November 1978. Britain is on strike. The dead lie unburied, rubbish piles in the streets and somewhere is West London a black woman dies in a rain-soaked gutter. Her passing would have gone unmourned but for the young woman who finds her and who believes apparently against reason that Annie was murdered. But whatever the truth about Annie whether she was as mad as her neighbours claimed, whether she lived in squalor as the police said something passed between her and Mrs Ranelagh in the moment of death which binds this one woman to her cause for the next twenty years. But why is Mrs Ranelagh so convinced it was murder when by her own account Annie died without speaking? And why would any woman spend twenty painstaking years uncovering the truth unless her reasons are personal ...?
Minette Walters is as much exterminator as novelist. With uncomfortable accuracy, her novels bring to the surface those creepy, crawly parts of the human psyche that most of us would rather keep hidden. Articulate, clever, and acutely observant, she eschews the standard trappings of psychological suspense and presents characters both vulnerable and deeply unpleasant.
Twenty years ago, M. Ranelagh found her Graham Road neighbor dying in a gutter. "Mad Annie" Butts, long persecuted for being black and for suffering from Tourette's syndrome, had had her skull shattered. So deeply did Annie's death--ruled an accident--affect M. that she has spent the last two decades secretly amassing proof that it was murder, and that the murderer lived in Graham Road. Her collection of evidence faithfully teases out the serpentine deceptions--and self-deceptions--woven into Annie's death; husband Sam, neighbors, friends, family, police, all are grist for the mill of M.'s occasionally unscrupulous research:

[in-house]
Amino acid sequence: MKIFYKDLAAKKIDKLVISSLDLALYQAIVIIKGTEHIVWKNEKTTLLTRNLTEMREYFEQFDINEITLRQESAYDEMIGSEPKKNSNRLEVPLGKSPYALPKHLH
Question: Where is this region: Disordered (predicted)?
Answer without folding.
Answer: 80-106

I suppose everyone has a pet subject that triggers their anger--with me it was my mother's wicked talent for stirring, with Sam it was his fear of Mad Annie and everything her death represented: the mask of respectability that overlaid the hatreds and the lies. He always hoped, I think, in a rather free interpretation of the karma principle, that if he refused to look beneath a surface then the surface was the reality. But he could never rid himself of the fear that he was wrong.
Although M.'s investigations focus on her neighbors (who range from eccentric to downright evil), they reveal just as much about her. Crafty, manipulative, and seething with rage, she carefully constructs her revenge on an unidentified murderer--and, one suspects, on the frustrations and limitations that define her own life.
The Shape of Snakes is both a gripping thriller and a stunning novel. Don't be surprised if it works its way into your library of favorites. --Kelly Flynn